Over the next few weeks, the Centers for Medicare & Medicaid Services is expected to unveil an ambitious and comprehensive policy-making effort that promises to completely transform and radically overhaul the Medicaid managed care marketplace.
Few specifics are known about the plan, but observers say it could align Medicaid managed care regulations “with existing commercial, marketplace, and Medicare Advantage regulations,” as well as provide guidance to states on rate setting, Bloomberg News services reported.
It’s been 13 years since CMS last addressed Medicaid managed care policy, and the new plan likely will account for consumers’ thirst for comparative information on the Internet. Lobbyists told the news service they were hopeful of a regulation that would modernize Medicare managed care policy in as unrestricted way as possible.
The Department of Health & Human Services reports that more than half of all Medicaid beneficiaries receive all or some of their care from risk-based managed care organizations, which in most states assume all of the risk for delivering all primary, specialty and acute medical care in exchange for a fixed monthly fee.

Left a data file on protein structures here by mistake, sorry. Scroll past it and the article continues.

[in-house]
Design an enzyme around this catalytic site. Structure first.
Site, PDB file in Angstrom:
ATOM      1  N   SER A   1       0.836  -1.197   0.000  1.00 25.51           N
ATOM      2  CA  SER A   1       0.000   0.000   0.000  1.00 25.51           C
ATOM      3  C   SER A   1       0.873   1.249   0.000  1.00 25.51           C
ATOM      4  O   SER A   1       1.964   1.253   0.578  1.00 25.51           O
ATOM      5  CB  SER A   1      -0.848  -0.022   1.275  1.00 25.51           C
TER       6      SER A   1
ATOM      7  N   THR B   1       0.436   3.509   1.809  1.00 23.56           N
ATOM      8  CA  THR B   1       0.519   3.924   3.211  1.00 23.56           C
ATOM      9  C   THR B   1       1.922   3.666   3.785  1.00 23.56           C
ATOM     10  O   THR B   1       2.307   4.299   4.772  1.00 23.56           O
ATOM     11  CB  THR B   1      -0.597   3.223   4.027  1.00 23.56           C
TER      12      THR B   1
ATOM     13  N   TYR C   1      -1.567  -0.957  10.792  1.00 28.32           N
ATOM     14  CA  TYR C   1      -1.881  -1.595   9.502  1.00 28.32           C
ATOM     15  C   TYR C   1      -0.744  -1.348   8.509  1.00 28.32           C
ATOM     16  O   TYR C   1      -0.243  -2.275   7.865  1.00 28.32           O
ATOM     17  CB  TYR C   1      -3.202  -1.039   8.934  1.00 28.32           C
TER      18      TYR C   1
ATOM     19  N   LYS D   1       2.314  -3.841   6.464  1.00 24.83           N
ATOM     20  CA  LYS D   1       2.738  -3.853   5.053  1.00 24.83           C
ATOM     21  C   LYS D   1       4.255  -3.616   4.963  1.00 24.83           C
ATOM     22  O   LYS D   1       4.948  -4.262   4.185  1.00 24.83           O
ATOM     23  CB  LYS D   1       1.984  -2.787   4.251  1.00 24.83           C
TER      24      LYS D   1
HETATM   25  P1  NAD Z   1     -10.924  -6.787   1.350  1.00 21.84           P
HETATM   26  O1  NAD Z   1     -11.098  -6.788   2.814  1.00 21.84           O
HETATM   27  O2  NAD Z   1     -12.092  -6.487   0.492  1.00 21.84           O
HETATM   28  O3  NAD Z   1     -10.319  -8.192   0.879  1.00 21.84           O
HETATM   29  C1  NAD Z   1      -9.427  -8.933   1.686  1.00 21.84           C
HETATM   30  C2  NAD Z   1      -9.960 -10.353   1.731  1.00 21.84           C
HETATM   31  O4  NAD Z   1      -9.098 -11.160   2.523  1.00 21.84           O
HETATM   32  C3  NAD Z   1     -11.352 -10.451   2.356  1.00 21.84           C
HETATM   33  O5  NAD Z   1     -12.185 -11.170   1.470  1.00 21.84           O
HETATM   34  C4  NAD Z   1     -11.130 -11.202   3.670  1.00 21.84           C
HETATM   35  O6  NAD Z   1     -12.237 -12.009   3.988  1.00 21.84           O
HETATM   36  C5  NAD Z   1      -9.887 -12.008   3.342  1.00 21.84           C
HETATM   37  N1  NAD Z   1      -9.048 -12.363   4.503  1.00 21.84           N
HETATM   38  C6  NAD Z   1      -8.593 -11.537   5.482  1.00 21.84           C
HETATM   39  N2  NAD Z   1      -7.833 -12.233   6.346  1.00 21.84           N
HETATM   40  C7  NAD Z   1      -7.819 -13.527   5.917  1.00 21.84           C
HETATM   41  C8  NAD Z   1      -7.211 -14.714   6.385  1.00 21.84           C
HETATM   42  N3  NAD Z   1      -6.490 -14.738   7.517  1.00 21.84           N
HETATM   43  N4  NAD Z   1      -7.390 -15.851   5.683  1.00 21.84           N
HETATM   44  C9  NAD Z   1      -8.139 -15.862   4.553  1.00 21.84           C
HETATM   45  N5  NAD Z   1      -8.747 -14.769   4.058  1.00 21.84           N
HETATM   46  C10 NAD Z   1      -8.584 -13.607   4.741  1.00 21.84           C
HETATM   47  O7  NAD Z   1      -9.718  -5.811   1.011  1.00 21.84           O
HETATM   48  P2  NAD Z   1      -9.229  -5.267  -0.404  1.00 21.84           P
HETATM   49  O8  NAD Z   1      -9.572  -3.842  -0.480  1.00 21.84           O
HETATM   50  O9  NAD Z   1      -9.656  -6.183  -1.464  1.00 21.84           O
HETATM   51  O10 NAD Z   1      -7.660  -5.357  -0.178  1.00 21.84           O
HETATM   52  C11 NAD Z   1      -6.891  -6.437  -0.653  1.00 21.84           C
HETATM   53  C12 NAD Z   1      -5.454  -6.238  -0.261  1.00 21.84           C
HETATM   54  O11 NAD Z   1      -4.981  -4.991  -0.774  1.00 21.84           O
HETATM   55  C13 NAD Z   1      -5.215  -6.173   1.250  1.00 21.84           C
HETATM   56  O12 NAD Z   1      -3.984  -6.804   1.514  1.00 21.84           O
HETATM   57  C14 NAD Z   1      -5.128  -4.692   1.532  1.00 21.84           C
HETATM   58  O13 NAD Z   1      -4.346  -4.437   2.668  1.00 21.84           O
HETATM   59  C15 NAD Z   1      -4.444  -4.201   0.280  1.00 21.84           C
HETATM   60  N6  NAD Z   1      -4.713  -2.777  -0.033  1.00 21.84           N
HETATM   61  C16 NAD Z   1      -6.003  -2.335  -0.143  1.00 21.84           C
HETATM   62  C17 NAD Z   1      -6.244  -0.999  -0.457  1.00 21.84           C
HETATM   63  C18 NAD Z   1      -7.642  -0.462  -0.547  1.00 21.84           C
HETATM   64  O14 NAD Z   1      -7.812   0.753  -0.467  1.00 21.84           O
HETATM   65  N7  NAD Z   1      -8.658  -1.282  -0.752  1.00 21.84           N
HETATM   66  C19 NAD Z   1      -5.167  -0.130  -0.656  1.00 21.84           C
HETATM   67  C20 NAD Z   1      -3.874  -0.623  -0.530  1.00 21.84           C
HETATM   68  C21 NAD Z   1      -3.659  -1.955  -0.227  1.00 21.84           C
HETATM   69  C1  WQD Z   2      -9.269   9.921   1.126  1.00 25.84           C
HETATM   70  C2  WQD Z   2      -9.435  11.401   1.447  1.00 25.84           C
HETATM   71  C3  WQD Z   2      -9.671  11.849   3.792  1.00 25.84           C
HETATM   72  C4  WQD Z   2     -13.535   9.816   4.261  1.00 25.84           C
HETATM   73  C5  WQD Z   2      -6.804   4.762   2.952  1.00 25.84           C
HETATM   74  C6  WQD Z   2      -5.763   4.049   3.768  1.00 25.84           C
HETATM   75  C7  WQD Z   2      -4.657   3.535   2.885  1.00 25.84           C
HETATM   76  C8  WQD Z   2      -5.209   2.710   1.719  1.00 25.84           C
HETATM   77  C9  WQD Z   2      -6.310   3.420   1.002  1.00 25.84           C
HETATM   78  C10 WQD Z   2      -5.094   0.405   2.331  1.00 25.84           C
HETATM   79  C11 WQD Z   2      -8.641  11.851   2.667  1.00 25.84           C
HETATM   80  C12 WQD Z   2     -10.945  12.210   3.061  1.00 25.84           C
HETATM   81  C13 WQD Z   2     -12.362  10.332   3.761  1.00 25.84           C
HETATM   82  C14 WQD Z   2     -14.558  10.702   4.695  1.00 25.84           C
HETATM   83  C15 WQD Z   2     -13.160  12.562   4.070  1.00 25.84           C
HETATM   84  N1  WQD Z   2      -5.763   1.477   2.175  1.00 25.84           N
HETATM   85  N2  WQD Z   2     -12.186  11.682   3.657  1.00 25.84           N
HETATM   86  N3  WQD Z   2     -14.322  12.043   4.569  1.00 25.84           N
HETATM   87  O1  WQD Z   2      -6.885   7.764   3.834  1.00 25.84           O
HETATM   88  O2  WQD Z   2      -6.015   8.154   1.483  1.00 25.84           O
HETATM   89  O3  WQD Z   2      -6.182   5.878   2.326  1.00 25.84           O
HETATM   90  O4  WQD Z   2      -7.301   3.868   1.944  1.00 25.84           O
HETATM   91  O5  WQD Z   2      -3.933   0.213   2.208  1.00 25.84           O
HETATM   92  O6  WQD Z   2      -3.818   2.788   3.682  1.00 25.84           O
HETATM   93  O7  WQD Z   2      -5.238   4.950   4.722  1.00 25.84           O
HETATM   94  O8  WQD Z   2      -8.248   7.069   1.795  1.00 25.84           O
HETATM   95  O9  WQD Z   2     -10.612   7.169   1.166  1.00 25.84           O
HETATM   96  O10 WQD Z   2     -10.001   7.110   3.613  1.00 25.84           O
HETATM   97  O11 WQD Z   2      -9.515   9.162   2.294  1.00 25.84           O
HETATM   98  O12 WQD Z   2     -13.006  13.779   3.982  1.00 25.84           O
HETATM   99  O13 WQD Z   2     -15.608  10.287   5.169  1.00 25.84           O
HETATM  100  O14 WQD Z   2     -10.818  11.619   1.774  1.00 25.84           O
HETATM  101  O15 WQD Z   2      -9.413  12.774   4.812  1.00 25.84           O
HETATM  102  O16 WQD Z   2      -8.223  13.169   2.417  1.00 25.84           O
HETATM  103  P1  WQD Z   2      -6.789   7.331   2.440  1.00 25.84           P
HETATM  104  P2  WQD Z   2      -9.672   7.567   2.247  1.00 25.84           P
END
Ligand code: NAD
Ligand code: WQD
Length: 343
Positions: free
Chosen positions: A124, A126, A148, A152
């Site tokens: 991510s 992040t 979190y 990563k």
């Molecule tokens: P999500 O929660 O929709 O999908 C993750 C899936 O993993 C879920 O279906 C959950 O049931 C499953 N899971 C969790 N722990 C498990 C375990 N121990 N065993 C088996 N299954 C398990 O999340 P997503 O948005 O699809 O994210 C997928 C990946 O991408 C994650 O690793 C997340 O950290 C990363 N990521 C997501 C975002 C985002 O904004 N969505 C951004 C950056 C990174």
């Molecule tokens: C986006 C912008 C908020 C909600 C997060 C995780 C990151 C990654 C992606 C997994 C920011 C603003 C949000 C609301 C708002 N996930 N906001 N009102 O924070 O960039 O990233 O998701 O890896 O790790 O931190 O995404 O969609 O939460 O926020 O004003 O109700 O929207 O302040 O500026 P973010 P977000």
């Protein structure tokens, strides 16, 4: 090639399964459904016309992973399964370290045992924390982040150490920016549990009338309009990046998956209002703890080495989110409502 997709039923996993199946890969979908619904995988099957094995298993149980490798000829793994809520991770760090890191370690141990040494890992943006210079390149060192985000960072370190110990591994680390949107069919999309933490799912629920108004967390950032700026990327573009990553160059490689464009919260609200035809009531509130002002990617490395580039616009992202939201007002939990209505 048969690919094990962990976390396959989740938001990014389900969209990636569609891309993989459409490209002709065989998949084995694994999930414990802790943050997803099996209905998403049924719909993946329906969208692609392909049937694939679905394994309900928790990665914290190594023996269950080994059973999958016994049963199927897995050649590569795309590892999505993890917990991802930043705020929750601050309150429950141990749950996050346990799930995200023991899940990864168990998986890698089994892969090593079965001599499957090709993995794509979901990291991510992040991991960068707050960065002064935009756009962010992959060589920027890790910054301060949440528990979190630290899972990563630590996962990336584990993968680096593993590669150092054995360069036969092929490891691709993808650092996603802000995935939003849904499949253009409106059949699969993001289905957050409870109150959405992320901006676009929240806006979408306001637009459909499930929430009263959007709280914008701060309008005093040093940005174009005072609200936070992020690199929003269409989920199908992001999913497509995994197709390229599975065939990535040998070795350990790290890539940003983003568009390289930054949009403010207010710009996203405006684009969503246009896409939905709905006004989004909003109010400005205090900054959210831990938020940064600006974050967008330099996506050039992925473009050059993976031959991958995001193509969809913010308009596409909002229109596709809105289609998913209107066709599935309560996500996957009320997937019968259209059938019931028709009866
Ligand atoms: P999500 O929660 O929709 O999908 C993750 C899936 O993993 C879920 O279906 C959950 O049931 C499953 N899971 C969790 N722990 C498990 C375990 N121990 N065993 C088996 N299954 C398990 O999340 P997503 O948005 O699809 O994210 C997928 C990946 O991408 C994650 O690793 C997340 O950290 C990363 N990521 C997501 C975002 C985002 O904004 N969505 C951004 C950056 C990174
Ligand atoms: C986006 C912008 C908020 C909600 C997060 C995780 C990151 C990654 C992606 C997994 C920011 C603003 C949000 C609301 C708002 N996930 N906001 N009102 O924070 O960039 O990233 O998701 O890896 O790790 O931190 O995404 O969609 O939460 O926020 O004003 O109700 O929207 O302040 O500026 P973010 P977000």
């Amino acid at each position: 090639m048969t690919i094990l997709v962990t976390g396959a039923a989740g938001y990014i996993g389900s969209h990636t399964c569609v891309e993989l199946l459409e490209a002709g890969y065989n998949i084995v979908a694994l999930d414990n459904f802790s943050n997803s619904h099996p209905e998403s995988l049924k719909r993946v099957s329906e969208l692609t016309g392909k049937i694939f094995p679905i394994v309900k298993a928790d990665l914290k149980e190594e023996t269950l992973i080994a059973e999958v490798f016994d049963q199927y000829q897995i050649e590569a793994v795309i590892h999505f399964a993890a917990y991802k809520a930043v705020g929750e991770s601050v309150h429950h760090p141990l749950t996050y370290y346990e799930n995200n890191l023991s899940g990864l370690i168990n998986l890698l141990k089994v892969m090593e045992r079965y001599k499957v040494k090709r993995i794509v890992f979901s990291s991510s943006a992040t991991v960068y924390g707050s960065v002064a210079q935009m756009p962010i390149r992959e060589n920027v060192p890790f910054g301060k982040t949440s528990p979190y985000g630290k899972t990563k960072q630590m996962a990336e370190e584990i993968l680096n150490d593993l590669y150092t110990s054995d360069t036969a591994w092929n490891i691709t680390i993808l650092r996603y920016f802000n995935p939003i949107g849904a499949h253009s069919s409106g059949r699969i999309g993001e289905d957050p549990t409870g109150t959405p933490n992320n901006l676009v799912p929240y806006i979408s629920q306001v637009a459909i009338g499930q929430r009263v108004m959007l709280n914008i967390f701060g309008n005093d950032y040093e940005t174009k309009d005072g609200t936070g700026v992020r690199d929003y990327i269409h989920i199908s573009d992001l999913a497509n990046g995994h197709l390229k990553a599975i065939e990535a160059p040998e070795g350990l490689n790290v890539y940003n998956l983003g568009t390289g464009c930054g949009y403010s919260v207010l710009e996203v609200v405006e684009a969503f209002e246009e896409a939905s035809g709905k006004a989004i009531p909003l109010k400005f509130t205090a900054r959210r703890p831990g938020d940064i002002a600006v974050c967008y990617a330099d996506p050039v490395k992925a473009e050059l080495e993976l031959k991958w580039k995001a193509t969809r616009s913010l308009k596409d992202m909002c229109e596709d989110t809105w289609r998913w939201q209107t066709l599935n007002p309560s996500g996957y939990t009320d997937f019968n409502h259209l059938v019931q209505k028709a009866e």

Currently, Medicaid beneficiaries are enrolled in comprehensive managed care plans in 38 states and the District of Columbia and many states are turning to managed care programs to handle the huge increase in Medicaid beneficiary rolls, the news service added.
Whatever is in the new CMS plan, it’s likely going to take some overhaul at the agency itself. A GAO report earlier this year claimed that CMS and states “lack effective program integrity systems for care delivered by managed care organizations.”
In a related development, a new Medicare accountable care organization is reportedly being modeled closely after a controversial managed care program that includes new waivers for skilled nursing facilities.